Publications containing official reports about our sappers detecting and disarming pressure-plated anti-personnel landmines PMN-2, have become rather common lately. It happens despite the fact in all existing instructions these mines are considered not subject to lifting or deactivation. Still an eager sapper possessing corresponding skills and experience, is capable of both disarming and even withdrawing this deadly device. It is an extremely dangerous still feasible challenge.
Let me describe the mine in accessible language. It is a round plastic leaf-green box about the size of a can. On its top there is a black rubber X-shaped pressure plate. Once it gets stubbed, the mine goes off.
The mine is quite simple in use. A miner digs a small hole in the soil and rotates the metal arming key, then pulls the arming pin out and lays the mine into the hole camouflaging the place thoroughly. From the moment of pin exemption, the mine remains safe for some short period of time that makes from 2 to 10 minutes; after this, it becomes active. This delay is intended to provide the miner with the time necessary for his safe withdrawal.
Maximum sensibility of the device makes only 25kg. Provided an average human put much bigger pressure on the surface while walking, the mine invariably detonates when is stepped upon.
Despite the comparative simplicity of installation and ease of activation, inside it’s rather a sophisticated mechanism stuffed with 100g of TG-40 explosive which is known as the Composition B and is made of 40/60 TNT and RDX blend. Its charge is more than enough to cut off a human foot and injure another one severely if the distance between them is not very big. Only once I heard of an accident with this kind of a landmine that resulted in the fighter’s serious injuries though his entire foot didn’t get blown off. He was extremely lucky, if such a definition is appropriate.
Now to the worst. The device is hermetic so can remain functional for decades waiting for its victim. This has been proved by sad Cambodia experience. Due to its highly destructive force lasting for years, application of such landmines was strictly prohibited by the Ottava Convention. Ukraine was among the states that signed and ratified the Convention, therefore we adhere to its terms firmly while our opponents from the RF do not hasten to abide by the document. Moreover, Ukraine owns no such armament as we physically disposed its stock remaining from the Soviet era. Now separatists led by their Russian curators, have stuffed our Ukrainian soil with these deadly surprises to the rafters.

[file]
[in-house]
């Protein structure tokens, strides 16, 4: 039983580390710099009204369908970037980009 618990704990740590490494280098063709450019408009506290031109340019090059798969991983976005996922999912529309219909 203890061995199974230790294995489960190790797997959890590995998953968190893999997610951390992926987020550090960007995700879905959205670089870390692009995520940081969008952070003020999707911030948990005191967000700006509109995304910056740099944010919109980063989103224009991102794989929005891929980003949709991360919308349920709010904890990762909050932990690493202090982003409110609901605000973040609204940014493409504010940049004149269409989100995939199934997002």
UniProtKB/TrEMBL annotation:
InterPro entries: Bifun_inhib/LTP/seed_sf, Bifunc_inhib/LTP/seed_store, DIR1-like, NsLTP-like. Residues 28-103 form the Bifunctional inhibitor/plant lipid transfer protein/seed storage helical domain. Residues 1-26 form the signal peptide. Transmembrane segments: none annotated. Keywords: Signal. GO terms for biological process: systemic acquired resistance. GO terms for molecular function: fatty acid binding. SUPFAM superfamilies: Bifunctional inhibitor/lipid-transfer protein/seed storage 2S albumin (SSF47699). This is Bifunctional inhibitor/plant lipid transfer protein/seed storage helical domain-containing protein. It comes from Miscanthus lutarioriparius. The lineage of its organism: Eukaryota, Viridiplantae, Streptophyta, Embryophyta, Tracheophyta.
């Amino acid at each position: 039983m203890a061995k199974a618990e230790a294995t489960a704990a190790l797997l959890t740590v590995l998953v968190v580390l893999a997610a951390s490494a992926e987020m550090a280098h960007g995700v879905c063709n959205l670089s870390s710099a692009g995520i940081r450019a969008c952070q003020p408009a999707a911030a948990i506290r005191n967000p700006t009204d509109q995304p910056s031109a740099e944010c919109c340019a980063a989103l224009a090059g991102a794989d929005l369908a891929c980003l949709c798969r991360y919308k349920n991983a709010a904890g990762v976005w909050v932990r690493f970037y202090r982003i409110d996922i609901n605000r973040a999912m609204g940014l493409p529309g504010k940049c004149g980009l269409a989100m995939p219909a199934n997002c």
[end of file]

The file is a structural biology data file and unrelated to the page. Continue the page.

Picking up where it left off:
Watch the Military TV’s story on these landmines
For the first time we detected these scary findings in February of 2016 in Horlivka direction. It happened like that. On the 24th of February our guys figured out that provided yesterday, on the 23rd of February, it was the Red Army day (a state holiday in the RF), it was logical that early in the morning the separs (separatists) would experience a heavy hungover. With two battalions’ fire support the fighters decided to oust the separs off their small foothold additionally equipped with an observation post. Their idea worked well: the fire attack at 5:00 AM caused lots of panic among the separs. We deployed all possible weaponry including small arms, anti-aircraft artillery, mortars; Shmel rockets hit their place a few times as well. The separs realized that there was nothing they could do to it, so they left all their stuff and armory and withdrew to their command post reporting about “the Ukrops’ deadly storming” via radio.
Our assault team started to advance. The winter was very warm with little snow and lots of mud. There was a nice flat field with low grass just in front of the foothold…
– Stop! – the first scout in our line suddenly raised his hand. Everybody froze up. There was a distinctive T-shaped pin in the grass.
– Bloody idiots, – the scout who additionally performed the duties of a sapper, muttered. – Who the hell leaves such stuff behind? It should have been taken along. Morons…
So we started working. One has to get down on one knee, put out the knife, examine the typical earth mounds sticking out of the greensward; dig it around to make sure there is no additional traps there; to check up the labelling and pull the device out with all possible precautions. In general, we found five such landmines then. Our team was very lucky just because their miner proved his incompetence by leaving the arming pin on the spot.
– I thought it was all rubbish, – our sapper summed it up, – but the separs do have this deadly stuff. That’s bad…
Actually, it is. Suppose, an experienced fighter can detect a trip wire and thus stay alive; but there are practically no chances to avoid stepping on a camouflaged pressure-fired landmine. Unfortunately, lately there have been more and more reports on detection of such landmines. It is rather hard to predict how many people both among military personnel and civilians in further after-war times, will get injured thanks to Russia’s “brotherly” assistance. In Cambodia, people keep getting blown up on such devices even now, despite the titanic efforts of the organizations engaged in humanitarian de-mining activities.
The only good thing is that Ukrainian sappers have been warned, therefore armed.
Together we will win!
The Night Stalker, exclusively for People’s Project